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Quakers Living in the Lion's MouthThe Society of Friends in Northern Virginia, 1730-1865$
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A. Glenn Crothers

Print publication date: 2012

Print ISBN-13: 9780813039732

Published to Florida Scholarship Online: September 2012

DOI: 10.5744/florida/9780813039732.001.0001

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PRINTED FROM FLORIDA SCHOLARSHIP ONLINE (www.florida.universitypressscholarship.com). (c) Copyright University Press of Florida, 2020. All Rights Reserved. An individual user may print out a PDF of a single chapter of a monograph in FLASO for personal use.date: 25 January 2020

Internal Revolutions

Internal Revolutions

The Hicksite Schism and Its Consequences

Chapter:
(p.136) 5 Internal Revolutions
Source:
Quakers Living in the Lion's Mouth
Author(s):

A. Glenn Crothers

Publisher:
University Press of Florida
DOI:10.5744/florida/9780813039732.003.0006

This chapter examines the causes and ramifications of the 1827–1828 Hicksite-Orthodox split among Friends, arguing that theological and personality differences sparked the divide. In the 1820s, Orthodox Friends, influenced by evangelical Protestantism, found the theological liberalism of many Quakers increasingly unacceptable. When they tried to impose theological orthodoxy on the Society, they triggered a separation within most of the American yearly meetings. In the Baltimore Yearly Meeting, to which northern Virginia Friends belonged, Hicksites predominated, lessening conflict. But the split undermined local Friends' morale and diverted the energies of Quaker leaders away from the Society's social concerns (including antislavery) as they tried to avoid further internal conflict and seek reconciliation with moderate Orthodox Friends. At the same time, the split enabled the region's women Friends to take on new leadership roles and responsibilities.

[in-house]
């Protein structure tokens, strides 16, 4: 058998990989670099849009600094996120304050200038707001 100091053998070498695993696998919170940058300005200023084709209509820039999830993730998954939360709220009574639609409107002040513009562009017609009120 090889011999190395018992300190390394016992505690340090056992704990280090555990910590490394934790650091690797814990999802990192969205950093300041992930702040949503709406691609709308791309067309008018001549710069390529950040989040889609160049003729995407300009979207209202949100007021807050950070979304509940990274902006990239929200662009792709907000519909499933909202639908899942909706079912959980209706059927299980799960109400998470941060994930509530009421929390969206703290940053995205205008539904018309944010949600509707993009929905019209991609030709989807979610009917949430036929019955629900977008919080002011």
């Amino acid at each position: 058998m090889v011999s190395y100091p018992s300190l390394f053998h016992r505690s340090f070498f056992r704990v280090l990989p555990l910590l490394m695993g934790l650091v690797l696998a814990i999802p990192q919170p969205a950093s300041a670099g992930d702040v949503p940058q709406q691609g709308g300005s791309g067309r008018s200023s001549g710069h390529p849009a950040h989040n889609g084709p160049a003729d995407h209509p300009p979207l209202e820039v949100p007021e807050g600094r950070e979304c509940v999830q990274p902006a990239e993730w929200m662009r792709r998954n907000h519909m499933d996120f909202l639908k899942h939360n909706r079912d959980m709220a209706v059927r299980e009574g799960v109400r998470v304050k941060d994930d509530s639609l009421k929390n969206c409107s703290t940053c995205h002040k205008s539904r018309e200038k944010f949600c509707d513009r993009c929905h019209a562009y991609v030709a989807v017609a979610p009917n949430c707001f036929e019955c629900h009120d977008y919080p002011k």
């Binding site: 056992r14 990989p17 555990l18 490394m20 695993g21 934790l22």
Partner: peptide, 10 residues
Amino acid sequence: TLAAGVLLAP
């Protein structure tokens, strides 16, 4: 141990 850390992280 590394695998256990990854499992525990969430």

Keywords:   Quakers, Society of Friends, Evangelicalism, Religious dissenters, Elias Hicks, Edward Hicks, Hicksite Friends (Hicksites), Orthodox Friends, Western migration

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